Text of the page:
Joyce said...

I agree with Kristin that easy, especially easy looking, should not be called unworthy. Having done a bit of free motion quilting, I know that it is never easy. I also think art is about building. At least quilting is for me. I am trying to get better at seeing what is in a fabric that I have dyed and trying to get something to emerge. I love the way you do that in your quilts. Your embroidery on the Banksias is amazing.

Anonymous said...

i am intrigued by your layered approach and delighted with the tapestry effect acheived with the layers of stitching. i found your blog and will enjoy following your progress.

The Idaho Beauty said...

I think the comment about quilting being easy for you isn't about being technically easy, but more that it is a familiar medium and thus the nuts and bolts of working are familiar. Sound a bit like some of the things Twyla Tharp says in The Creative Way.

She talks about never getting ideas from the same place twice. You gain no new information if you retrace your steps over already familiar land. If you break out of routines and habits, shake yourself up, you're less likely to end up in the same place with the same old ideas. That sounds like she would not approve of working in a series, but I don't agree with that. When you start from the same base, you spend less time getting started and more time exploring new ideas within the series framework.

She also suggests taking away a vital skill to see if you'd still be able to create. How would you overcome teh loss and compensate? What new skill would come to the fore? What can you accomplish without it and what does that say about your work habits and your art, let alone your potential? And if you can do without it, why haven't you? I'm still sitting on the fence on this one, but this may also be what that person was getting at when saying quilting was easy for you.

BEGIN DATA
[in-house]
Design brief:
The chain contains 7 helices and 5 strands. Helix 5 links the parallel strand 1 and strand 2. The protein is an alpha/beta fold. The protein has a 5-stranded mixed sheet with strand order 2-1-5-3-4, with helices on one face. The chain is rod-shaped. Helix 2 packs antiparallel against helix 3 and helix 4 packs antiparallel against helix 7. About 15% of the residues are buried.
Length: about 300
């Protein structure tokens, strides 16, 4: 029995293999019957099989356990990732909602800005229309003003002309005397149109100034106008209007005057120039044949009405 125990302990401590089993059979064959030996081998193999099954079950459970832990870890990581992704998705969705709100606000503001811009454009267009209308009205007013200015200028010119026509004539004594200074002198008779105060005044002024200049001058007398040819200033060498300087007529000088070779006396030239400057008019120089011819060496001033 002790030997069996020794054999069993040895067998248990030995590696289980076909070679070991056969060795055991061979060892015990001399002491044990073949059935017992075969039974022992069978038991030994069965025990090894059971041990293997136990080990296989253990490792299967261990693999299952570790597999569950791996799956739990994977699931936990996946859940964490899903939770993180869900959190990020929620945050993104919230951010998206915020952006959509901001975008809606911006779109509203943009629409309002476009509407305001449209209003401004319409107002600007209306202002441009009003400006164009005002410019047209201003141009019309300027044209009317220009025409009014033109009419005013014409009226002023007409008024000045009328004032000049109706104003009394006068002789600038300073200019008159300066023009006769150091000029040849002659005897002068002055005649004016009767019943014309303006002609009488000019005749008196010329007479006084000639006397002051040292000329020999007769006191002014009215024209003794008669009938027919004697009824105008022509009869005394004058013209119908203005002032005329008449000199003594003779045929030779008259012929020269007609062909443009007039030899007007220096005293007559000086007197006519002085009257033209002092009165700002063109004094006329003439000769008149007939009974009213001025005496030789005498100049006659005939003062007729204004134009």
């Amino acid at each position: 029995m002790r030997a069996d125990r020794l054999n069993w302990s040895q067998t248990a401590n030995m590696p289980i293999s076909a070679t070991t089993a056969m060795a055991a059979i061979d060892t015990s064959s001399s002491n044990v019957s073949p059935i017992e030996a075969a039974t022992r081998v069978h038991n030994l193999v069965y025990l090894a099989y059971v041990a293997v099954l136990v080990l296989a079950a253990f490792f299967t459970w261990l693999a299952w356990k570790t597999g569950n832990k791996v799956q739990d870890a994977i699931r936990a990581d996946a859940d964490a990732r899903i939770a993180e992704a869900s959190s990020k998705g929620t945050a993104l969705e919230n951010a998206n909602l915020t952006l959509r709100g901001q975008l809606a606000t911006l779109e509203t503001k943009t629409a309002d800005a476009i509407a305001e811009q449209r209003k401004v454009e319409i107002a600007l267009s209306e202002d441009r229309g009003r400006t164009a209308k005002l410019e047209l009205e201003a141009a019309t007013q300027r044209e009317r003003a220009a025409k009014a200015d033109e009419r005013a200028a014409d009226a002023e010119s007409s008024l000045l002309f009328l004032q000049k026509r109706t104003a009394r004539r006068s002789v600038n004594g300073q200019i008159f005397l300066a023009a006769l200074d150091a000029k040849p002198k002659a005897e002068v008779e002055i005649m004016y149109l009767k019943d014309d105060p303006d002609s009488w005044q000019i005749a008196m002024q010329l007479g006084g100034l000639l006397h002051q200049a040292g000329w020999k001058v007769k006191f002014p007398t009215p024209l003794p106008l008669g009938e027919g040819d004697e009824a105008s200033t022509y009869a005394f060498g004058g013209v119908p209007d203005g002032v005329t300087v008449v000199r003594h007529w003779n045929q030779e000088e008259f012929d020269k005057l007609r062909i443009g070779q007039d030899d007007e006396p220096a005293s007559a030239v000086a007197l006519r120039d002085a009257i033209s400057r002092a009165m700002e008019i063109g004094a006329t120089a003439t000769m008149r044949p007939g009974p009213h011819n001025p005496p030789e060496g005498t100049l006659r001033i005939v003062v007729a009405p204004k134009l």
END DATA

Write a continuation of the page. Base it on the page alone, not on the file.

As for whether or not your banksia quilts are a series, I'd say probably yes. But perhaps you like this better: The latest issue of Quilting Arts has an article about creating a series of THEME-BASED work. I haven't read the article yet but am anxious to. I think this discription fits me better.

As for how my work emerges - I'd say much like yours. Starting with the blank canvas and building upon it, letting each step lead me in the next direction.

Debra said...

At this moment, I simply want to thank you for sharing the photo of working on the quilt. I LOVE the way it looks! The stitching adds a wonderful depth to the piece.

I am going to be thinking about the concepts you discussed at the end before commenting on those further. Except to say that "quilts are easy for you" probably means that you are comfortable with process... not that the process is "easy".

Alison Schwabe said...

Does anyone ever comment to a potter or a wood turner that producing a finely crafted salad bowl "is easy" with the implication that maker should be pushing somewhere "harder"?

And if you are a builder and recognise that in yourself, why should you turn your attention to methods that involved material destruction? While this is currently very " in" and while it may fit with the vision of some in their current work, for you to work this way would be counter to your instincts.

You did say these comments came from a superivisor in your masters - one of his roles IS to question, to push a student beyond his personal comfort zone, but at the same time if often distresses me to see student exhibitions all displaying the same kind of influence in some way! So go with your soul and keep thinking, stay in touch with your vision.